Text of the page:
The grand strategy genre is dominated by one name: Paradox. Creators of the newly released Stellaris, the Europa Universalis series and the Crusader Kings games they have established a dedicated following. They also create and publish the Hearts of Iron franchise which takes Paradox’s now well established formula and slaps it into World War II. Now onto its fourth game Paradox have put considerable effort into making this the most accessible title yet without losing any of the depth that fans have come to expect from the company. So what better time for somebody who has never played Hearts of Iron to step forward and try to lead a nation to victory? As a relative Paradox noob I reached out to the company and asked if they were interested in having the game reviewed by somebody who wasn’t familiar with their mechanics nor their famously convoluted interfaces. With my lack of experience surely this would be a perfect test to see whether Hearts of Iron IV is a little easier to get to grips with? So, if you’re looking for an in-depth article talking about the changes that Paradox have implemented since Hearts of Iron III look elsewhere – I’m sure there will be plenty of awesome guys and gals out there who can tackle that subject with skill, especially on the forums.
Taking place from 1936 or 1939 onwards (the choice is yours) Hearts of Iron 4 puts you in control of a nation of your choosing, letting you guide it through the relatively gentle years before becoming embroiled in World War 2. This quiet period lets you begin constructing the basic infrastructure needed to develop a country and prepare for all out war. Political alliances will be formed, battle plans drawn up, laws changed and research undertaken to further your capabilities. With the historical focus option on the AI will attempt to follow the path of history to the best of their abilities, while you are free to try to change it as you see fit. Want to lead the Soviet Union on a stampede across the world? Can do. Want to take America and form an unholy alliance with Germany? Yup. Ostensibly the goal is to end the game with as high a score as possible, but really this is a sandbox game where you set your own goals, be it trying to hold off the German offensive as Poland or leading China on the warpath. You pick an objective, fire up a campaign and set to it.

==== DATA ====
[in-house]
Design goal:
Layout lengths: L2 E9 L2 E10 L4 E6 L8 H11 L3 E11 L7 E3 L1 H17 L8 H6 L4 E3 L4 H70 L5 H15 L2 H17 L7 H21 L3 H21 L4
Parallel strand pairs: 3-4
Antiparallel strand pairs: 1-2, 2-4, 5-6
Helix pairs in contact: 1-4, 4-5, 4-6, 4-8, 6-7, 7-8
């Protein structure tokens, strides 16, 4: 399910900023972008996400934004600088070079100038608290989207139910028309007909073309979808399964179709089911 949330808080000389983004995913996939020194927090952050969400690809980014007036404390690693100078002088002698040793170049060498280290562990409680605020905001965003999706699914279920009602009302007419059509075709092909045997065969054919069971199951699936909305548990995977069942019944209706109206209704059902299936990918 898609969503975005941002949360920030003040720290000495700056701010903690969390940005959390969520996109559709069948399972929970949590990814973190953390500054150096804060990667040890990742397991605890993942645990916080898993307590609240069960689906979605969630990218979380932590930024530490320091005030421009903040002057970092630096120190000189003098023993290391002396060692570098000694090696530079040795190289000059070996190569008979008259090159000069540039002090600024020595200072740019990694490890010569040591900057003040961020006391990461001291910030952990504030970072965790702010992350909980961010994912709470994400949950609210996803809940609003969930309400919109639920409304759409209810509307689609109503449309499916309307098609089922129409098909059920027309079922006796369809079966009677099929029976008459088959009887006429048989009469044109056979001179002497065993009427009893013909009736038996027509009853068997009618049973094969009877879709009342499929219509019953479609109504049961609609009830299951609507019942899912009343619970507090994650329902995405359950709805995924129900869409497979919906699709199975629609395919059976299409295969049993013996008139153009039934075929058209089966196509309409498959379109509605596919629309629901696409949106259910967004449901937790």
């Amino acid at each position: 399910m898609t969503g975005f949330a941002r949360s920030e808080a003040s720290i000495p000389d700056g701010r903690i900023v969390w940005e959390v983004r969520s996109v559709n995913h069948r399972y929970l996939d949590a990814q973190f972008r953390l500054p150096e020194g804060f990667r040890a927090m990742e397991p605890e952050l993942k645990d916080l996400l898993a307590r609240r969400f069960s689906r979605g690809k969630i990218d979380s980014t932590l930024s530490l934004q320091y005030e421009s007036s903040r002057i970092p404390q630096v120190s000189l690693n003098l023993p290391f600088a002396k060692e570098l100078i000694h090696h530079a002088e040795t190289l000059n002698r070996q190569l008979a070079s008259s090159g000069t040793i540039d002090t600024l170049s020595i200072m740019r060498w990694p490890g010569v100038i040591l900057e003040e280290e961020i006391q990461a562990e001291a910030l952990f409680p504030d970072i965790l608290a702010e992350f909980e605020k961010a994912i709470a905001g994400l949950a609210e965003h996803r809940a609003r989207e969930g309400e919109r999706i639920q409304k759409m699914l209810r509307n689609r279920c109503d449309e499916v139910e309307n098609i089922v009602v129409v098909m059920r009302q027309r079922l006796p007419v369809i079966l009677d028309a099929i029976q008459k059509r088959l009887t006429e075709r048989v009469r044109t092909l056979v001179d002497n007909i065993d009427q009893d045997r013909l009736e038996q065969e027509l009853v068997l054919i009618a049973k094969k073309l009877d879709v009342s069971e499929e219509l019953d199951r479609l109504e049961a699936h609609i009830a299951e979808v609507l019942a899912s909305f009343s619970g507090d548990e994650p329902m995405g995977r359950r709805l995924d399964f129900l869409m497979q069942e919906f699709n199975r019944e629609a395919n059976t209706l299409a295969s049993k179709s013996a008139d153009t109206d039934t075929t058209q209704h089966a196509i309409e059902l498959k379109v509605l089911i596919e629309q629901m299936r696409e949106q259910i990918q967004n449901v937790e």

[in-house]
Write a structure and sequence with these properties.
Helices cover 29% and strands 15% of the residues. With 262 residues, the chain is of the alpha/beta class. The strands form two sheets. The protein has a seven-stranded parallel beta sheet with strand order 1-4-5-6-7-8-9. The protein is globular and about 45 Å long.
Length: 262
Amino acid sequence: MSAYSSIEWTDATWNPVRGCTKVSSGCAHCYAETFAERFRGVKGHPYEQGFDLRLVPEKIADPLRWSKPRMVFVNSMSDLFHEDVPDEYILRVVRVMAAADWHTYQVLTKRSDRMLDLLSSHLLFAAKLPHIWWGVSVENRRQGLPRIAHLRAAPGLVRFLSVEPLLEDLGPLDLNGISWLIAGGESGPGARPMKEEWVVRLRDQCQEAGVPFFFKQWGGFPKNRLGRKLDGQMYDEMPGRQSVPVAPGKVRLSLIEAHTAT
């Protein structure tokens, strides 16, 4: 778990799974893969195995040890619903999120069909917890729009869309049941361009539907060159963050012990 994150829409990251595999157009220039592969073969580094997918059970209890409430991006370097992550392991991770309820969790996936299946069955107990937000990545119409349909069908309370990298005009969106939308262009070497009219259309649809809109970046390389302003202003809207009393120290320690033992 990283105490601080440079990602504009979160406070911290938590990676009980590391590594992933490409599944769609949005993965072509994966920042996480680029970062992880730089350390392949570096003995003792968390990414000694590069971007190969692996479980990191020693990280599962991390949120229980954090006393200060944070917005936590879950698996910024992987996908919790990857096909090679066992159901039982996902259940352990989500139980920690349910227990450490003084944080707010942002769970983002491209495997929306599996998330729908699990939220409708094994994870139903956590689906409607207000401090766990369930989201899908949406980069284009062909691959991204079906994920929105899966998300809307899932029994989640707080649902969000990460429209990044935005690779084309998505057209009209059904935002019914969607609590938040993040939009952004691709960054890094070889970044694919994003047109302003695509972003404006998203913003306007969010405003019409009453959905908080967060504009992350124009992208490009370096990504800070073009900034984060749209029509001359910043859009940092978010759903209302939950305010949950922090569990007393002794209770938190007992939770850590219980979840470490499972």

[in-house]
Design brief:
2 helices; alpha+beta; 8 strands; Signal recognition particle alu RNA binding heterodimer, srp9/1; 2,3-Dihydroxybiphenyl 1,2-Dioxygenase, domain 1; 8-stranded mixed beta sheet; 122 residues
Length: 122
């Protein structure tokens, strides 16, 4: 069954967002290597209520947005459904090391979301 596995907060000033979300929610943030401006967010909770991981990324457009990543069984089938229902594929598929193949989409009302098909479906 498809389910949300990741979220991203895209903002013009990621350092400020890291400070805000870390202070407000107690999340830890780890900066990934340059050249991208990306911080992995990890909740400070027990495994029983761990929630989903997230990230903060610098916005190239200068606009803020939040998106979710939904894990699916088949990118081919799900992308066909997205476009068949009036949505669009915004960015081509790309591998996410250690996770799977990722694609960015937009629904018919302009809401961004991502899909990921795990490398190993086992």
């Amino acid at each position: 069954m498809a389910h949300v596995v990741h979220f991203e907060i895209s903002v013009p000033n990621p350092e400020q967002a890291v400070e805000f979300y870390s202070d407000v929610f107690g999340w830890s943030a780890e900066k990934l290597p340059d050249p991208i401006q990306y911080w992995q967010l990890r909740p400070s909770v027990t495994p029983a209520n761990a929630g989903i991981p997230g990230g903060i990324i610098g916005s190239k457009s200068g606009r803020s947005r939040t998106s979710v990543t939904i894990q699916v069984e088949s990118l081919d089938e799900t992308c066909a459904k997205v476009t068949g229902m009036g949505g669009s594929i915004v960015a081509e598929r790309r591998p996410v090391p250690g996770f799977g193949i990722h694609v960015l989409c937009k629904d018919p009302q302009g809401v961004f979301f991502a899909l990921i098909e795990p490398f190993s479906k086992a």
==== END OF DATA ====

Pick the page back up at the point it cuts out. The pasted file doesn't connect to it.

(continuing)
The game demands that you think of just about everything. Let’s take a naval invasion of Japan, for example. First you need to sort out the divisions you’ll be sending over, so infantry must be trained, perhaps in the form of marines who are more adept at gaining a foothold when storming out of landing craft. Infantry require equipment, though, so under the production tab factories must be assigned to crafting weapons and support gear for troops, otherwise they’ll have to be deployed to the field with old weapons or nothing at all which obviously hugely reduces their combat abilities. If you want your troops to take artillery, medical supplies or anti-tank weapons then those too will need to be produced in large enough quantity. If armored divisions are to be sent on the invasion then tanks will need to be constructed, too, while crews are trained alongside regular infantry divisions, which takes up more manpower. You’ll also need to carefully consider exactly where you’re going to be landing troops because they’ll need to be reinforced and resupplied, so it’s a good idea to assault a city or naval port since that helps hugely. Without supply lines or without enough production to feed armies with the equipment they need in the field you’ll incur substantial penalties and will likely be decimated by the enemy force fighting in their own territory where supply lines are strong. But the fun doesn’t end there because a naval invasion requires you to have naval superiority in every sector of the sea you intend on crossing, so naval yards will have to be assigned to building destroyers, subs and battleships that can be sent out. You’ll also need to consider air support for the landing troops, so close support aircraft will need to be built along with fighters that can hold off the enemy airforce, so that’s more factories which need to be alloted. To field those aircraft requires either an airfield that’s close enough to the front lines for your planes to make the journey, perhaps one you’ve captured from the enemy, or you’ll need to begin work on carriers that can sit off the coast. It’s a lot to manage, but that isn’t the end of things. Chances are you’ll wind up short on resources so trading with other nations will be vital, something which means you have to give up some of your civilian factories and convoys for. On top of that you’ll need to protect your convoys or the enemy can begin attacking them, crippling your military production capabilities. Furthermore pumping out things for one offensive could leave you struggling on another front if you aren’t careful.